Still another way of differentiating the two words is this: to be righteous is something that we are; to be just is something that we do. But still, if we are righteous, then we are expected to do just acts. And if we do just acts, then we are fulfilling the righteousness of God and thus are right with Him.

The Almighty! Just and righteous is He.

(November 21, 2009)


[1] The New American Bible and the Revised Standard Version (Second Catholic Edition) are two of the most preferred Catholic Bible translations.
[2] The RSV translation of the psalms is a verse number behind the NAB because it does not count the superscription as a verse. The superscription is from pre-Christian Jewish tradition. It may contain a quick description of the setting of the psalm (e.g., see Ps 3:1) or technical liturgical terms (e.g., Ps 9:1; this probably refers to the melodic accompaniment for the psalm).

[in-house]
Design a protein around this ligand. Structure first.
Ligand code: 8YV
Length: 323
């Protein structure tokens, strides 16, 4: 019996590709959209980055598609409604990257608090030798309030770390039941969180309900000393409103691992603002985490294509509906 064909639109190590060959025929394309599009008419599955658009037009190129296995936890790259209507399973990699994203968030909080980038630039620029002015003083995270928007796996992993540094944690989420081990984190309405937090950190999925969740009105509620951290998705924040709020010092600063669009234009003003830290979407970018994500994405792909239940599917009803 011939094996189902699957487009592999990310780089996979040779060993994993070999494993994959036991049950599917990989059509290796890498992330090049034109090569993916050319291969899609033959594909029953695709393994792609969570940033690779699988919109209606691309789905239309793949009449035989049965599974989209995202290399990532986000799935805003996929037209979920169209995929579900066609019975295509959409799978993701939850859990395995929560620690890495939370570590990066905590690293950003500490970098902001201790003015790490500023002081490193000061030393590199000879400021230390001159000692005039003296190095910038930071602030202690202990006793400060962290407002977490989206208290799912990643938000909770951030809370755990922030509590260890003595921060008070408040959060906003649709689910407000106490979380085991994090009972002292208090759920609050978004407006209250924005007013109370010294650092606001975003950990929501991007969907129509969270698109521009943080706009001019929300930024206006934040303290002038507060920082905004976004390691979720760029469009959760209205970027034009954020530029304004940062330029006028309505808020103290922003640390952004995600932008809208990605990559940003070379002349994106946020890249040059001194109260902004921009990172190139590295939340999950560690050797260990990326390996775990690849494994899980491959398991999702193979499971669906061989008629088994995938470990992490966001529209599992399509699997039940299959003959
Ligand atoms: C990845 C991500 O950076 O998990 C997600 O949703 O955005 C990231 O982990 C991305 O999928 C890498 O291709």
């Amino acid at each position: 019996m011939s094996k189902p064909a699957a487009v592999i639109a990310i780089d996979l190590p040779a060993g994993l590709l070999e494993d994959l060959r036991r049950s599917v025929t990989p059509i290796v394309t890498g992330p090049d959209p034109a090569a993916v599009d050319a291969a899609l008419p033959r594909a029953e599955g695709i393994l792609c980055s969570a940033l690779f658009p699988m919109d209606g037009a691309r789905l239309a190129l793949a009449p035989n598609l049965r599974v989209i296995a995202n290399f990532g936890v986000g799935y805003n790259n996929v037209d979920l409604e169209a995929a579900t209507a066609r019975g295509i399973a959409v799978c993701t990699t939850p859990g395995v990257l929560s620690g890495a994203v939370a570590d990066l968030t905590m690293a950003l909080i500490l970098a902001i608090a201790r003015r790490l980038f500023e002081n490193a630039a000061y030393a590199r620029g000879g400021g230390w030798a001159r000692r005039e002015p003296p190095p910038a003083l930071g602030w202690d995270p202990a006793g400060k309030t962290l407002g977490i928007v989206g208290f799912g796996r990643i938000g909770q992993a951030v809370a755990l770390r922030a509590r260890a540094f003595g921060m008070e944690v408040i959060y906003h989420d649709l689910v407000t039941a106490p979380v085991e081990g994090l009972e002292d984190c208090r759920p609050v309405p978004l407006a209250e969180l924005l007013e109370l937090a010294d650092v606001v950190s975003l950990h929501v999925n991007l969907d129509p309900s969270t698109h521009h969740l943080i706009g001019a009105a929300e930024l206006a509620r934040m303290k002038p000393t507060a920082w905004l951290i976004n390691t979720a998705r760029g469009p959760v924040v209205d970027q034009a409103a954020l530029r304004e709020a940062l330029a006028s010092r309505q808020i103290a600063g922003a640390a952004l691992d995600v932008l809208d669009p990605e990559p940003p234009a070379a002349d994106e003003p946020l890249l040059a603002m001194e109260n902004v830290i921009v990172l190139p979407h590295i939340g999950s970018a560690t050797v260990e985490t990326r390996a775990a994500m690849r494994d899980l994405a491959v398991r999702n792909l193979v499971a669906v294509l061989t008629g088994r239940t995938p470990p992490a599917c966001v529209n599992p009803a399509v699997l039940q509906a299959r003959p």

[3] There are more examples in the psalms, but let these suffice.
[4] RSV has a chapter 4, which is part of chapter 3 for NAB.
[5] The New American Bible itself used “justice” in many parts of its original New Testament translation (1970), and then used “righteousness” in its revised translation (1986). We see this in very many instances. Just to name some: Rom 1:17, 3:21,25,26, 4:3,5,6,9,11,13,22, 6:13,16,18,19,20, 8:10, 9:30,31, 10:3,5,6, 14:17; 1 Cor 1:30; 2 Cor 9:9, 11:15; Gal 3:6,21; Eph 4:24, 5:9, 6:14; Phil 1:11, 3:6,9; Heb 7:2, 11:7, 12:11; Jas 1:20, 2:23, 3:18; 1 Pet 3:14; 2 Pet 3:13.
[6] This is the more common way the world understands justice.
[7] Human laws are however not always just. Thus we refer to them as “unjust laws.” Examples would be the legalization of abortion, or the law on hate crimes which penalizes those who speak against homosexuality.
[8] The Ten Commandments. Also, Jesus’ law of love.
ed in original sin.